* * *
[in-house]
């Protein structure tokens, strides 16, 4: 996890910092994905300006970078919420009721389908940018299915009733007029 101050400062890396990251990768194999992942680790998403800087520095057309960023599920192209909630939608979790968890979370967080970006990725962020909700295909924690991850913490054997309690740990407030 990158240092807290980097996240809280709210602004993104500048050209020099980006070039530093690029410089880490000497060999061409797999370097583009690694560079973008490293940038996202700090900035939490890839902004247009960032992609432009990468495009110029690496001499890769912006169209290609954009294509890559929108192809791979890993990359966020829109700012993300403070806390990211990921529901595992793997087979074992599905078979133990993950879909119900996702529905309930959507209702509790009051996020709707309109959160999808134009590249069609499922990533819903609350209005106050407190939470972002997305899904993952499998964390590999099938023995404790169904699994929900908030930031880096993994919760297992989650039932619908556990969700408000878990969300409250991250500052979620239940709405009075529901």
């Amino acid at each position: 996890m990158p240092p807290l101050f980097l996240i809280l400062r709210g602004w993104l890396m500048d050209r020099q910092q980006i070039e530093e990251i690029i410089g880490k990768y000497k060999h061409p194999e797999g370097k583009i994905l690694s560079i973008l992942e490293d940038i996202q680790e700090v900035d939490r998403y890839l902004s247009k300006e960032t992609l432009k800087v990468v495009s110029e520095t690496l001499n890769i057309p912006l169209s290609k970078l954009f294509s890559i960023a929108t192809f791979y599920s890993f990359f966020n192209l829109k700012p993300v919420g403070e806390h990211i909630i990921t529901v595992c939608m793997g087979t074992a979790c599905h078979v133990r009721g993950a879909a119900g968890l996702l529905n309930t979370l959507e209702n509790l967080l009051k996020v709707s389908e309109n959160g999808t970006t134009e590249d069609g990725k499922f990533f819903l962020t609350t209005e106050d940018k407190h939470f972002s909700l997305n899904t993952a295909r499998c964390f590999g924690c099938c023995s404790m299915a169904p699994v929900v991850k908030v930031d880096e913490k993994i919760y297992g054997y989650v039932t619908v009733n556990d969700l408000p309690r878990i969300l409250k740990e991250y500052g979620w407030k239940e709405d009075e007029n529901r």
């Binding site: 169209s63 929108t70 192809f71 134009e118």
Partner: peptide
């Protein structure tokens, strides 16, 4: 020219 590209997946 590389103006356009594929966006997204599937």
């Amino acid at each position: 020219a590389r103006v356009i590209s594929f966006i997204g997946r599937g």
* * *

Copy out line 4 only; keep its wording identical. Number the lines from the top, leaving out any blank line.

């Binding site: 169209s63 929108t70 192809f71 134009e118």